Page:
It worked. It was my “in.” And what I learned was that the story of becoming a nurse practitioner — the story of finding myself in a position that I felt I simultaneously did not belong and was made for — was not the actual story; it was merely the situation. The real story was deeper and more complex. A story about how we break and search for wholeness, how we struggle to make sense of our experience, how we ask questions that are mostly unanswerable, how we go on anyway — asking more. Ultimately, it’s a story of me looking at where I came from to understand who I have become.
This was all well and good.
But how to structure it all in a way that was both cohesive and aesthetically pleasing? Over winter break, before my final, thesis, semester, I tried many ways to intuit the structure the manuscript wanted to take. I spread the pages out, cut sections and taped them elsewhere, shuffled and sorted and sweated over the sheets and sheets before me. I was hoping for a pattern to arise; none did.
For my first draft submission to Kate Hopper I patched it together best I could, actively avoiding any kind of chronology for fear I’d fall into the same rut as before. I had worked with Kate in the past; I trusted her instincts. But when she came back and suggested a chronological arrangement — to eliminate confusion for the reader, to avoid unnecessary repetition, to enhance the sense of urgency — well, let’s just say I was not in agreement. But, as I said, I trusted Kate, so, after a few weeks of kicking-and-screaming contemplation, I started to arrange things chronologically.
And it worked. The structure emerged of parallel narratives. The “now” of the story beginning with a scene in my therapist’s office in 2008 when I am on the cusp of becoming a nurse practitioner, wondering how I got there and why I hurt. The “then” of the story, reaching back before I was born, and moving forward in time with brief intervals between sections wherein I return to my therapist’s office. Within each section, the material is still largely associative, but the underlying chronology gives the manuscript much needed solid footing.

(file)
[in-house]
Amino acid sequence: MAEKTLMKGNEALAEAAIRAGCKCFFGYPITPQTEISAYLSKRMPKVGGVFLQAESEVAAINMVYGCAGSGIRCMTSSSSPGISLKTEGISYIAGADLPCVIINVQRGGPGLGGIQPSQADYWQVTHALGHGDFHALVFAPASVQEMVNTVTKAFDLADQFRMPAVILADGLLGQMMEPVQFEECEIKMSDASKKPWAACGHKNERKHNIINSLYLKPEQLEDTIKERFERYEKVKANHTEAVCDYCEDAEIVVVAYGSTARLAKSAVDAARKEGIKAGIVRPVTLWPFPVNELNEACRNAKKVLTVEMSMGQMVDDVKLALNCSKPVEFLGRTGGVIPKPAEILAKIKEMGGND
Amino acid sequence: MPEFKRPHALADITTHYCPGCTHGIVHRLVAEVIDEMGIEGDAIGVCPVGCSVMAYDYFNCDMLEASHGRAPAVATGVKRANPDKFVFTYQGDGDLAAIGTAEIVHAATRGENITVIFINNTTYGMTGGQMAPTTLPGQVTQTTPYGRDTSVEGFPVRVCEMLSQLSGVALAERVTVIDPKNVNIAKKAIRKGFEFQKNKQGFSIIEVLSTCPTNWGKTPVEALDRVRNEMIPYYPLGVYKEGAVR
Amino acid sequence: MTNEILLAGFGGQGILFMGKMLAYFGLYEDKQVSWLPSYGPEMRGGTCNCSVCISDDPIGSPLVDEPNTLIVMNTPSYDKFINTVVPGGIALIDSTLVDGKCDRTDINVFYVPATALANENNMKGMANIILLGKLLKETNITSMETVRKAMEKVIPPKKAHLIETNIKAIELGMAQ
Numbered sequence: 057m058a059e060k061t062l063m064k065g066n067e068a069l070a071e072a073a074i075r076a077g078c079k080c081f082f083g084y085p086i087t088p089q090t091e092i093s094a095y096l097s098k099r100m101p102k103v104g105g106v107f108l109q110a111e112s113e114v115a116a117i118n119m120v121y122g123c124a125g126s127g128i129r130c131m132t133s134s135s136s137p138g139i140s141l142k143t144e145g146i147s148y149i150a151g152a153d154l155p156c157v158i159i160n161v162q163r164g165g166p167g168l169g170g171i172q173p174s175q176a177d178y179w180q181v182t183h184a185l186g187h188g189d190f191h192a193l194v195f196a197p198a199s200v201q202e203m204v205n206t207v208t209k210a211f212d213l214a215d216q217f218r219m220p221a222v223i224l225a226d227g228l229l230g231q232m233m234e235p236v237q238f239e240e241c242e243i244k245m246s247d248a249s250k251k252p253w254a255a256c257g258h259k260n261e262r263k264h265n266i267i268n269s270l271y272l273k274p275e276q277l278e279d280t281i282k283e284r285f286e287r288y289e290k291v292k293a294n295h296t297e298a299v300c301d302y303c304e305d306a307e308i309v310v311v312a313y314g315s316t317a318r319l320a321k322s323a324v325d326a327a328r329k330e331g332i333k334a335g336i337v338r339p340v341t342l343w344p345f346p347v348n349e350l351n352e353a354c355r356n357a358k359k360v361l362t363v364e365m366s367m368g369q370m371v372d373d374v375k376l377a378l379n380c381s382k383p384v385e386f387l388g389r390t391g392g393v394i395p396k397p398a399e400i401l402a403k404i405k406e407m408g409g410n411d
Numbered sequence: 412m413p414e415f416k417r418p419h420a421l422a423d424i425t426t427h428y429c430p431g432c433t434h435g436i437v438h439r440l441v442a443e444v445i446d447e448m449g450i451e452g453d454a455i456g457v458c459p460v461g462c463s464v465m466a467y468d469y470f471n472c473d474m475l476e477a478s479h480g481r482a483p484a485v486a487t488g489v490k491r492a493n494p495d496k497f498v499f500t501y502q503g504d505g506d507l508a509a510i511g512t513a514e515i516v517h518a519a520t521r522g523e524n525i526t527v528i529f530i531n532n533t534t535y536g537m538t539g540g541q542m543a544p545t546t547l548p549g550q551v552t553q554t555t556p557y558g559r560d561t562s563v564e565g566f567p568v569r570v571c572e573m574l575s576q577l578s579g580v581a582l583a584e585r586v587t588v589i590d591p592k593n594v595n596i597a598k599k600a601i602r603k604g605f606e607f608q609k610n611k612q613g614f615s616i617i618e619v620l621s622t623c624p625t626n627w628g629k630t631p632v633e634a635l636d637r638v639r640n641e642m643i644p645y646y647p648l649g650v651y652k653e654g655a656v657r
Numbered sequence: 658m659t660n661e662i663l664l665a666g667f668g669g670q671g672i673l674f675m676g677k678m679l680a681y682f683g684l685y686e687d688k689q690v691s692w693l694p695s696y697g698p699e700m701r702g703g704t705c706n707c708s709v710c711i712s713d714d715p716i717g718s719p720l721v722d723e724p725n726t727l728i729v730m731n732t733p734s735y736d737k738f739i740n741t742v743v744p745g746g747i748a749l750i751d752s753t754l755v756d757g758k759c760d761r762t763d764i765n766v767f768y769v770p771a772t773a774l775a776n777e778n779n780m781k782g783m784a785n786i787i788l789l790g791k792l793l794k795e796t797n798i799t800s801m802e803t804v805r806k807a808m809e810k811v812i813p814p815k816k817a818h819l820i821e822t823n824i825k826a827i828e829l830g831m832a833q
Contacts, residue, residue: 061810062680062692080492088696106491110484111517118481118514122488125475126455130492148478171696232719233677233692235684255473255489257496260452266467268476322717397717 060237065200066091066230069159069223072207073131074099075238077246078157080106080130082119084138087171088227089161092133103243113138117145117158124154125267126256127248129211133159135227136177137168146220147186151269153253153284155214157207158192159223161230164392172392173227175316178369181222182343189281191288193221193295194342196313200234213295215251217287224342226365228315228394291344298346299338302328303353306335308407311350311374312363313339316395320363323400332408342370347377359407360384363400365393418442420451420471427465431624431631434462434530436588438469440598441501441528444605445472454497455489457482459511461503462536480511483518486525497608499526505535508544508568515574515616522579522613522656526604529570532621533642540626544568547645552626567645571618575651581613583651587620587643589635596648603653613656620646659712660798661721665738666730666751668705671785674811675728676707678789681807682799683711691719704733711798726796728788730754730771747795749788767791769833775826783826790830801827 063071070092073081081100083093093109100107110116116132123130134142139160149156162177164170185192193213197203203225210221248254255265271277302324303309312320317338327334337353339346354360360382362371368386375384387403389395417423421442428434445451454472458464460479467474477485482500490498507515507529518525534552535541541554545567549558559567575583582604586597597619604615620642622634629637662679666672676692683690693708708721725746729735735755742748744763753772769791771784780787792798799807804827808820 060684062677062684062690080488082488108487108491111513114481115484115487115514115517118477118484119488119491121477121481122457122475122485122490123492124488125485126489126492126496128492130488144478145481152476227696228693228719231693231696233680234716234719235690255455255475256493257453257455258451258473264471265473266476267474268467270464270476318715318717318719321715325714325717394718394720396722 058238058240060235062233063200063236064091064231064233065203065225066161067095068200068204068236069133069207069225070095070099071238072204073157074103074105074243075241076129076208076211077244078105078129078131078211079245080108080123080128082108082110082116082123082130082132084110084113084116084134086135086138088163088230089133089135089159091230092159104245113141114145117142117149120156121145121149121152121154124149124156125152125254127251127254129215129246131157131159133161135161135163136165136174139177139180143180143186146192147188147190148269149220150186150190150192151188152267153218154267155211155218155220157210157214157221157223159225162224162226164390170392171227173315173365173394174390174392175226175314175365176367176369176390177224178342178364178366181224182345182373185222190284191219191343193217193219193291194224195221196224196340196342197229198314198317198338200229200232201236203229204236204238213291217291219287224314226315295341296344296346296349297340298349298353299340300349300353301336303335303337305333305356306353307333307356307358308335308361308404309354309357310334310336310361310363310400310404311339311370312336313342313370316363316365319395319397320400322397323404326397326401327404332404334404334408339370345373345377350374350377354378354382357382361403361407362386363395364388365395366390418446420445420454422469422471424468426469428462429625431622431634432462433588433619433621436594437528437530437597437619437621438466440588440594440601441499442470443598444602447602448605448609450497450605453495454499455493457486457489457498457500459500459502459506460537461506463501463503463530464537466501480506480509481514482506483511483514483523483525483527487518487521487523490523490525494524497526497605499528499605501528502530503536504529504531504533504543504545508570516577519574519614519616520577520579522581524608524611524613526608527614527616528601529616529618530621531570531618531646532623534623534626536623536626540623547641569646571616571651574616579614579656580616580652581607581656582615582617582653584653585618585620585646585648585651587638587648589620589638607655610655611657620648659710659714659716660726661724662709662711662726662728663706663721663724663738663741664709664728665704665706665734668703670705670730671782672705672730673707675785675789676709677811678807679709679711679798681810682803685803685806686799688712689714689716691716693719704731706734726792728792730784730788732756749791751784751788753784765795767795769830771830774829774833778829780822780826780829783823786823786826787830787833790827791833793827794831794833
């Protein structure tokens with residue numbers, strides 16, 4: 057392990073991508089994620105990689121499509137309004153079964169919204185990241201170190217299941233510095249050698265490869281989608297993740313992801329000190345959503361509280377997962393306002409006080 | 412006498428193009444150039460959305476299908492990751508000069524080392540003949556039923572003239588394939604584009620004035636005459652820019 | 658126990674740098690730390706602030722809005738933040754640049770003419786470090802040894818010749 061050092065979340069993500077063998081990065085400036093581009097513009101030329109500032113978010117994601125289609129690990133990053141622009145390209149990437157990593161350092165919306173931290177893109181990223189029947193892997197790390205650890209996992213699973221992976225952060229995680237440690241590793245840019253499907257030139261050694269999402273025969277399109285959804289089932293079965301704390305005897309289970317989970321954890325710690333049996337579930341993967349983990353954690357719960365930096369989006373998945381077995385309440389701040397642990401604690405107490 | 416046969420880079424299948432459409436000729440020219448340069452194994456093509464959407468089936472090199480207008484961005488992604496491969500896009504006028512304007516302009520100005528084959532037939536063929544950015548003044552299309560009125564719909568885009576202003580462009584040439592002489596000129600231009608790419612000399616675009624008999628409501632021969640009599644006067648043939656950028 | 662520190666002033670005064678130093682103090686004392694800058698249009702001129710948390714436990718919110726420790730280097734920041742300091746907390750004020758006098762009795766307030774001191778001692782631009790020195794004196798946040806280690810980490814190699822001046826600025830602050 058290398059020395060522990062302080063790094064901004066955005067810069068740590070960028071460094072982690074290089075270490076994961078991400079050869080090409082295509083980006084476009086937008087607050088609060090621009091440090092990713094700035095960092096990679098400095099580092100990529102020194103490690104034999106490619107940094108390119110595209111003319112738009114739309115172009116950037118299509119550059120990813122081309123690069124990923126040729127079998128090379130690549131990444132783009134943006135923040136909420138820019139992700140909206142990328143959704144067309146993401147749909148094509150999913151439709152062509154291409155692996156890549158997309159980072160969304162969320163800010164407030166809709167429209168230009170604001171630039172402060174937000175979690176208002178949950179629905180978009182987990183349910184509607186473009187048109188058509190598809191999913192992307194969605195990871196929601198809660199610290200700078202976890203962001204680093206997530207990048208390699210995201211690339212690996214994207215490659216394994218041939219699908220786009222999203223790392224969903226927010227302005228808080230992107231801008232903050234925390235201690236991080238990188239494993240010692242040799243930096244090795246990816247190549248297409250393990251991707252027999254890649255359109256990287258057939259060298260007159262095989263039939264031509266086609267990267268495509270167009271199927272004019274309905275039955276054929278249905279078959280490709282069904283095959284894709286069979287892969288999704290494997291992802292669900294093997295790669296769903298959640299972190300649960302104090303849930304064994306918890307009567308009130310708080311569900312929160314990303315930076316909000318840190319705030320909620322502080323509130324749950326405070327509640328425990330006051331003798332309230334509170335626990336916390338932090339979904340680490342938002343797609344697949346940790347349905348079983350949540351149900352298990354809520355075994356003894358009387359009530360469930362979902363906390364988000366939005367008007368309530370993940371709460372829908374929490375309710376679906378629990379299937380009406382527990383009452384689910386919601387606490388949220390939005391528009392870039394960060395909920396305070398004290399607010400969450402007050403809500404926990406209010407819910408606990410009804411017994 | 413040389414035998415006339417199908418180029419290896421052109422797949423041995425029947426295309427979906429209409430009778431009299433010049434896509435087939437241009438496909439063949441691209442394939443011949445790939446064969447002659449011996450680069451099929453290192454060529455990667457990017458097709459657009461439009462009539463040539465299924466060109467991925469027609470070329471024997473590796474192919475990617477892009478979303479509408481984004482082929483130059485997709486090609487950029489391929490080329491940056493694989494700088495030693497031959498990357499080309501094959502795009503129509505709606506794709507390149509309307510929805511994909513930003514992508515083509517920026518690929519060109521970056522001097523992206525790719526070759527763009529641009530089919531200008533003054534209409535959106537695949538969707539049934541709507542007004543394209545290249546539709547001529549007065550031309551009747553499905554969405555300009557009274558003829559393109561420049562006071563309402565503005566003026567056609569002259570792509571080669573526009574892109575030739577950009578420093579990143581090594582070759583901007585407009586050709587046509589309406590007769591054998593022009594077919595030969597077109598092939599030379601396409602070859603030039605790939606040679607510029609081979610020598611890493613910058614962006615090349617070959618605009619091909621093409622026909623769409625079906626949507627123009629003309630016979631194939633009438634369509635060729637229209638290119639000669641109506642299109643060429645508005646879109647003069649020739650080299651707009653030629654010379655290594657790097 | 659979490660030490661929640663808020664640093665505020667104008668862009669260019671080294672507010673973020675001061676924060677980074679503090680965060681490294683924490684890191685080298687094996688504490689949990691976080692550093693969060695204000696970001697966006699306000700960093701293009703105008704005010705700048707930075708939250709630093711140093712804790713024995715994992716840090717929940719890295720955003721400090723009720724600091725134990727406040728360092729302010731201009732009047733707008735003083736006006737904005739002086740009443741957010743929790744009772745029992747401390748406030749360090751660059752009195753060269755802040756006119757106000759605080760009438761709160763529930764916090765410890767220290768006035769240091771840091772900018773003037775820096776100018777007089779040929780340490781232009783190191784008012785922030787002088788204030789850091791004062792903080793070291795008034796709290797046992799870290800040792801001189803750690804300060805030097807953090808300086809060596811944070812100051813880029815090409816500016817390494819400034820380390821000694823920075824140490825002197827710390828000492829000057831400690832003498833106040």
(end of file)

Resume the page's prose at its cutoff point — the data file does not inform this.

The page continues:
The manuscript is far from finished. I know that. What I also know — perhaps the most important thing I will take from this program — is that each writer must find her own way, must do the work herself. There is no prescriptive way of doing things. No paint-by-number shortcuts. At least, not for me. Through this thesis process, I felt more a channeler than a writer. My story was there all along; I just had to shut up and listen.
Amanda Irene Rush is a writer and psychiatric nurse practitioner living in central Ohio. Her work has appeared in Vanderbilt Press’ 2008 anthology The Way We Work and the Bellevue Literary Review. She earned her MFA in Creative Nonfiction from Ashland University.
August 2, 2018 § 27 Comments
I’m sitting at my desk, getting ready to write.
Translation: I’m checking Facebook.
I hear a rustle, followed by a sigh, and I see movement out of the corner of my eye. When I look up there is a tall, slim woman with spiky blonde hair lounging on my upholstered chaise. She is wearing black Vans, ripped jeans, and a black t-shirt with “Rabid Feminist” in white letters. Her scent is that of excellent coffee; the to-go cup she’s holding must be from the Slow Train Cafe.
“Who are you?” I ask. “How did you get here?”